Australian EPA: Let them eat beef (but not cheese)

April 14th, 2014 by Philip Brasor & Masako Tsubuku

Stuck in the middle: Australian cheese competing in the dairy case with New Zealand and Switzerland

Stuck in the middle: Australia cheese competing in the dairy case with New Zealand and Switzerland

Though its participation in the Trans-Pacific Partnership seems to be dead in the water for the time being, last week Japan signed an Economic Partnership Agreement (EPA) with Australia that could revive Japan’s TPP hopes, but before we get to who lost and who won in the Australian deal, let’s talk about cheese.

Personally, we were looking forward to some sort or tariff reduction on Aussie cheese, not because we prefer Aussie cheese over other kinds, but because all so-called natural cheese — meaning not processed — is expensive in Japan owing to the dairy farmers lobby and their demand for high tariffs on imported milk products.

Japan is close to an EPA with the European Union, but the cheese tariff will likely remain. The Australian EPA only addresses natural cheese that is exported to Japan for purposes of being blended with other ingredients to make processed cheese. The tariff on such cheeses will be reduced from 40 to 0 percent over time, but the tariff on natural cheese that is sold to the public in stores will remain at 29.8 percent, so no cheap cheddar right away.

According to Asahi Shimbun, cheese consumption in Japan is steadily rising. Japanese bought 285,000 tons of cheese in 2012, twice as much as they did in 1992. The agriculture ministry predicts that consumption will increase by 40,000 tons over the next 10 years, and domestic production will not be able to satisfy this demand.

Nevertheless, dairy farmers insist on keeping the tariff at its current level, otherwise they say they’ll be wiped out. We’re talking small dairy farmers, not big companies like Meiji and Yukijirushi, which will probably benefit from the tariff since they deal in processed cheese. Naturally, Australian dairy farmers are disappointed that the tariff for natural cheese was not reduced, since the bulk of their export business is cheese for consumers, not cheese for processing.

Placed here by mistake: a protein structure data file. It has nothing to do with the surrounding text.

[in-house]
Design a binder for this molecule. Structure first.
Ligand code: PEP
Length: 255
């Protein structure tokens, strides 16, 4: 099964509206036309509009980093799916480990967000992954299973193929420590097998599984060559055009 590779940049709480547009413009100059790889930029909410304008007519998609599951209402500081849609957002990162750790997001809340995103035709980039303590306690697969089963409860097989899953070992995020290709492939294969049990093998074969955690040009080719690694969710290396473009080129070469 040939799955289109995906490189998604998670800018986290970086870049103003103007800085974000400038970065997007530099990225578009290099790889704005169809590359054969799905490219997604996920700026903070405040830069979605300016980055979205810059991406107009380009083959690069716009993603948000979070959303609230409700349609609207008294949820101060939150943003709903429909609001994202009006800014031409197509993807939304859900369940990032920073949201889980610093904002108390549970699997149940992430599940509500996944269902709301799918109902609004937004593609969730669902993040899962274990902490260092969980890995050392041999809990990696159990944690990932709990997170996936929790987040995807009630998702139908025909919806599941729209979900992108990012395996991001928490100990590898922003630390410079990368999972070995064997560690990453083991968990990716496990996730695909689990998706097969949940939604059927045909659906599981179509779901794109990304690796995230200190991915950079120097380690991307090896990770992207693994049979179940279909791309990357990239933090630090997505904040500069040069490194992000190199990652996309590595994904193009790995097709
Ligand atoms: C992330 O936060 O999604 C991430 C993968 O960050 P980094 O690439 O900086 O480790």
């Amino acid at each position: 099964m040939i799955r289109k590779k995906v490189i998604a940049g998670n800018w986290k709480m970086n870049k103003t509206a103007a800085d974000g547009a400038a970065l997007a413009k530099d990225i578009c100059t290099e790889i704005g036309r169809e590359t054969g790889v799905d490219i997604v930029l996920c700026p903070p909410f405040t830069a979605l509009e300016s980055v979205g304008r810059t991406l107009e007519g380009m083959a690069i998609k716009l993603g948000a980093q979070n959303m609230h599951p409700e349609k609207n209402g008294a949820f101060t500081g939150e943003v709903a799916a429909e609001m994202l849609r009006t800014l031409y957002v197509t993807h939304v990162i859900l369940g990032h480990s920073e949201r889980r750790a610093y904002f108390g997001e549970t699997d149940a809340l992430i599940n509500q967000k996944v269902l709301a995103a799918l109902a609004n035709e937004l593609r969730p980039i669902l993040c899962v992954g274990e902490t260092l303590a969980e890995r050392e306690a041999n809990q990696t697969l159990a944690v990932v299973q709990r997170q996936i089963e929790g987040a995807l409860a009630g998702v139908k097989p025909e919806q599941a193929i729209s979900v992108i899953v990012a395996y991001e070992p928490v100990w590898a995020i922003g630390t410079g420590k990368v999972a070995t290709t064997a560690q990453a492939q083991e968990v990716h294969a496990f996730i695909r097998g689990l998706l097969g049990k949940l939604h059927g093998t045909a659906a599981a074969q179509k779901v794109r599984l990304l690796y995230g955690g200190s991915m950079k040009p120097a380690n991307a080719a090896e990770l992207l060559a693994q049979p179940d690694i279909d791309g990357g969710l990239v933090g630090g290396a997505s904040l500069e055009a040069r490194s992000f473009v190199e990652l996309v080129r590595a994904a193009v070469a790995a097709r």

On the other hand, beef producers are quite happy with the EPA. As a result of the agreement, beef exports to Japan are expected to increase by $5.5 billion (¥530 billion) over the next 20 years, which should give pause to American trade negotiators. Right now the tariff on beef is 38.5 percent, and that will decrease to 19.5 percent in 18 years for frozen beef and to 23.5 percent for refrigerated beef.

Vintners are even more encouraged by the EPA. In seven years the tariff on Australian wine to Japan will be reduced to zero, which means they’ll be more competitive with wines from Chile, which completed an EPA with Japan some years ago. Since then, sales of Australian wines in Japan declined by a third. Right now Australia claims 4 percent of Japan’s wine market and Chile 14 percent.

As with cheese, wine consumption in Japan is also on the rise, so Australian wine makers are confident they can regain the market share they lost when Chile signed its EPA with Japan. However, it should also be noted that in accordance with the aforementioned EPA that Japan is working out with the EU, European wine tariffs will also eventually be reduced to zero, so competition will likely get fiercer.

What does Japan get out of this? Mainly less restrictions for automobile sales in Australia. Half the goods and services exported to Australia from Japan is in the form of automobiles: 359,170 cars in 2013, second only to the U.S. — a far second, since American exported 1.7 million vehicles to Down Under. Japan was desperate to get a deal on cars because in accordance with a trade agreement with Korea, Australian duties on Korean cars will drop to zero by 2015.

For the record, 70 percent of Australian exports to Japan are in the energy and mining sectors — coal, natural gas, iron ore — and aren’t taxed because Japan no longer has much of a mining industry to protect and desperately needs these resources. However, it should be pointed out that Australia is No. 10 on the list of countries receiving Japanese exports, about ¥1.7 trillion a year; while Japan is No. 3 on the list of countries receiving Australian exports, about ¥5 trillion. So you decide who gets the better deal in this agreement.

Us? We’d rather have cheese.

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